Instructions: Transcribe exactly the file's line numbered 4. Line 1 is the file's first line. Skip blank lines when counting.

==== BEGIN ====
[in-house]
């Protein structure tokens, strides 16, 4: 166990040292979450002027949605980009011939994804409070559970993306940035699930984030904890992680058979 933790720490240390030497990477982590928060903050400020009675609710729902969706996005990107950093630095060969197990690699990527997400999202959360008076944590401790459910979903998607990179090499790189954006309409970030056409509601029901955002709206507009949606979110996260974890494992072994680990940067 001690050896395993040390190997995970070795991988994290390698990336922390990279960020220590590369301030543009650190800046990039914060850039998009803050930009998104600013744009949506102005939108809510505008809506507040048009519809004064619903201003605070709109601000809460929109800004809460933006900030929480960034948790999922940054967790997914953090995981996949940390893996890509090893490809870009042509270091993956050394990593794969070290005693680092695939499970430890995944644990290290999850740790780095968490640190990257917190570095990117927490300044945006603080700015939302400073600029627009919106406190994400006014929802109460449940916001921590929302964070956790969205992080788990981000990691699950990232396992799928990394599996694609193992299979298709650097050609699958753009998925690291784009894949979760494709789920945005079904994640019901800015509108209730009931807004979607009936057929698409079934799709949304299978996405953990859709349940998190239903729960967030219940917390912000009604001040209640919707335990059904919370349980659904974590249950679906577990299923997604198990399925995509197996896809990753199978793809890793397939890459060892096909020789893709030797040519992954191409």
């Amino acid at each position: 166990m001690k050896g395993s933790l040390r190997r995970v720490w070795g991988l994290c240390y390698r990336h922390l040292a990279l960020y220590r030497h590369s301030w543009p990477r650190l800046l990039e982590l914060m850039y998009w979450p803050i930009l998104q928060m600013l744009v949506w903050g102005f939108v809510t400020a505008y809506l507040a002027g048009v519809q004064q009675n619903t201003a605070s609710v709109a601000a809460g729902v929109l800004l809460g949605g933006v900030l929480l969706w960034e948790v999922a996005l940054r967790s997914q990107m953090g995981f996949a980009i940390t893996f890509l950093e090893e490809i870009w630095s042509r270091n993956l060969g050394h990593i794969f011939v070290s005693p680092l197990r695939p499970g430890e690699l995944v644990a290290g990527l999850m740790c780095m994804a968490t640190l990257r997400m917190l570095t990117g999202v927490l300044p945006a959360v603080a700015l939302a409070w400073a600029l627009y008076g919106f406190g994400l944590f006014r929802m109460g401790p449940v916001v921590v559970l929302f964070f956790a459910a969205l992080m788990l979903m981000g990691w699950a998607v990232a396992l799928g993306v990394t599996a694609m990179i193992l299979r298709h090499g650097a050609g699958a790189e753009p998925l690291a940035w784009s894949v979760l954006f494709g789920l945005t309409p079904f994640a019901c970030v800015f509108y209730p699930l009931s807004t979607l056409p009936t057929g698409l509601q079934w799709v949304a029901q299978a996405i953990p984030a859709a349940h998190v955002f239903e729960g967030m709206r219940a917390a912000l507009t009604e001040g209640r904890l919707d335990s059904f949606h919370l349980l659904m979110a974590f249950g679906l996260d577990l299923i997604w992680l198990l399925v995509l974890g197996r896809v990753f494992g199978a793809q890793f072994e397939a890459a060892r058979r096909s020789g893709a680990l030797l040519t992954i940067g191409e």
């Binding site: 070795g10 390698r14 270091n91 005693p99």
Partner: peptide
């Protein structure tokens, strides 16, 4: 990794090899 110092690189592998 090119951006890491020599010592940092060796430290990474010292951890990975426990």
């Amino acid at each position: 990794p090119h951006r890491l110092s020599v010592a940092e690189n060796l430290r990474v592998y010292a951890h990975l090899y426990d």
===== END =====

């Binding site: 070795g10 390698r14 270091n91 005693p99």